To the New TechStars Cambridge Class, Yo


You are part of a truly elite group. Not only does the program brand you, but Katie and Reed are some of the most thoughtful and connected people in the whole ecosystem. Such high integrity. You’re in great hands.

Members of our firm have been Mentors since the program’s inaugural class, and we look forward to working with you. We may not yet know all of you, but we already care about you.

I hope you will use the program to do the following:

  • Go “all out”. The program is intense. You will feel at times tired and will want to give up. Don’t do that. Many of you have moved and disrupted your personal lives. Given those real and painful costs, charge ahead and get value from the program. Have no regrets
  • Be honest. Raising VC money may not be the right thing for your company at this time. Avoid the false impression that if you have not locked up VC funding by Demo Day, you suck
  • Seek authenticity. Chemistry with Mentors is critical. You must find someone with whom you can be totally honest and have really meaningful conversations. They can’t be mentoring sessions disguised as fundraising pitches
  • Build a total life. Find a community. Exercise. If you are spiritual, find a house of worship. Read just for the fun of it. Take in a game at Fenway. Hike in the mountains when the forest explodes with colors during autumn. Continue being a total person to keep the batteries charged
  • Find an alumnus to guide you. Critical. Find someone from a prior TechStars Cambridge class. Ask for lessons learned. Find best practices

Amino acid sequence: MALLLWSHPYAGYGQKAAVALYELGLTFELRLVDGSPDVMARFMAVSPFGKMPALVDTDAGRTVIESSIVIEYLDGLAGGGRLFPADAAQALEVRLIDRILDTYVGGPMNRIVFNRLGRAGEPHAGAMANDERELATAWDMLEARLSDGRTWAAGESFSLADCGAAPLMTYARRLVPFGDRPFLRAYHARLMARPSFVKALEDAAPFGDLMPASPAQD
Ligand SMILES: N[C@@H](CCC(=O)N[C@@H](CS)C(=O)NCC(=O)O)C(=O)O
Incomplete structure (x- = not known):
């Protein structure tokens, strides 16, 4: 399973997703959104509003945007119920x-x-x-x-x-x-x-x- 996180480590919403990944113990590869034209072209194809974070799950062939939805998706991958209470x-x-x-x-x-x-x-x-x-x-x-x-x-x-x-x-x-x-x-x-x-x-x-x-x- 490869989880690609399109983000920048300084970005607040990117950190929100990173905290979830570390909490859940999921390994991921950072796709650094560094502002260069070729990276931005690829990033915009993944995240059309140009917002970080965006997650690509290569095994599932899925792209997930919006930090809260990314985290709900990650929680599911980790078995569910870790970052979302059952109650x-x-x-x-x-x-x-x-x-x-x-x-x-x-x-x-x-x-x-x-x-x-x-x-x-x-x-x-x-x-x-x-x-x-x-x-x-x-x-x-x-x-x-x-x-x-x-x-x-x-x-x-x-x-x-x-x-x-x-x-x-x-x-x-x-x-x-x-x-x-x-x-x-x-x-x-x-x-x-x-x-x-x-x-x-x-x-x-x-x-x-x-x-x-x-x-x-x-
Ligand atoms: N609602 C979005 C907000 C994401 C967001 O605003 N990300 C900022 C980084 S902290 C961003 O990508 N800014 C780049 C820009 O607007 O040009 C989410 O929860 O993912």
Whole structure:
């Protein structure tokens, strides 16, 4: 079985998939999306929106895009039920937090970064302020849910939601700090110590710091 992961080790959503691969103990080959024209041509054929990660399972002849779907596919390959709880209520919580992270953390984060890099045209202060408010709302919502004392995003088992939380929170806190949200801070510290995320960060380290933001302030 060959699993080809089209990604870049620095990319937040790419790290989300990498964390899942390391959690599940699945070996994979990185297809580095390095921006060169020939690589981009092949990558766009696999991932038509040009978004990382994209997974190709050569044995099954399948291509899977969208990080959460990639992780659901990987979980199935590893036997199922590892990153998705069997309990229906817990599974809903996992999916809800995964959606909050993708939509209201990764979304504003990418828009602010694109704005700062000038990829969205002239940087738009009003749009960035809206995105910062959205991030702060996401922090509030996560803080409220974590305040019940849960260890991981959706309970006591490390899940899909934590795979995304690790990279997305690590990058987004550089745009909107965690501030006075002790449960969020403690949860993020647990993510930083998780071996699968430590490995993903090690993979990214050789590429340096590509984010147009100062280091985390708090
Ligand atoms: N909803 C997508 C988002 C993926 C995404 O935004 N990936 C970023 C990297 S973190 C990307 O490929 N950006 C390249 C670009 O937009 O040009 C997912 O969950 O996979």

• Make Mentors work. Have a specific “ask”. You want an intro to X. You need help with Y. Do not be shy
  • Understand the varying VC strategies. Multiple approaches work in VC. But, they differ.  And, you have to find the one that best fits your needs at that time. More at “A VC’s Strategy and ‘Kill Rate'”.  To better understand VCs, you might also find helpful: “How Are VCs Paid?”.  For one person’s view on raising VC money, here is a blog series here.

Eric and I look forward to meeting you all. There is so much genuine love for TechStars in the community. And, that’s what makes the program special.

Congrats again!

5 thoughts on “To the New TechStars Cambridge Class, Yo

  1. I responded to a Brad Feld post, regarding his assertion about TechStars Cambridge vs. Boston with the below. I think The logic still applies to what you’re trying to do.

    Here’s the original article.

    “Brad, Thanks for posting this. As a TechStars Boston alum, and Boston native, I’d like to weigh in. You make some good points, but your view is myopic, which is so wonderfully Boston!

    If you look at a map, all roads lead to Boston and its harbor. Its our origin, its who we are. Without that harbor there’s no Boston or Cambridge, there is no Harvard or MIT, no thriving tech scene, and there might not even be an America.

    Boston and its harbor is “The Hub” of our region (Go Pats!), and Kendal Square, like Longwood, 128 or 495 are just amazing extensions of this origin.

    To want to call TechStars Boston, Tech Stars Cambridge is a neighborhoodism that is so uniquely Boston. Never tell a Southie kid he’s from the South End, or a Cambridgian who lives in Porter Square or Huron Village that they’re part of Kendal Square. I bet for you Brad, Kendall/MIT is your turf, its where your people hang, and you’ve built a comfortable wall around it.

    This same mentality drove the neighborhoods to protest the forced busing of the ’60’s. It often gets confused as racist, and race was a factor, but it was mostly just parents wanting their kids to stay close to home and be taught by the people they know.

    Yes, Boston’s tight-nit tech “neighborhood” is Kendall (which just happens to be in Cambridge), but we’re part of a greater Boston movement that started with the first ships that landed in our harbor.

    We may have our own little neighborhoods (or cities) that we call home, and we may rib or even hate the ones that are not our own. But, to the outside world we’re all Boston, and we’re proud to consider you, Brad Feld, “from” here.”

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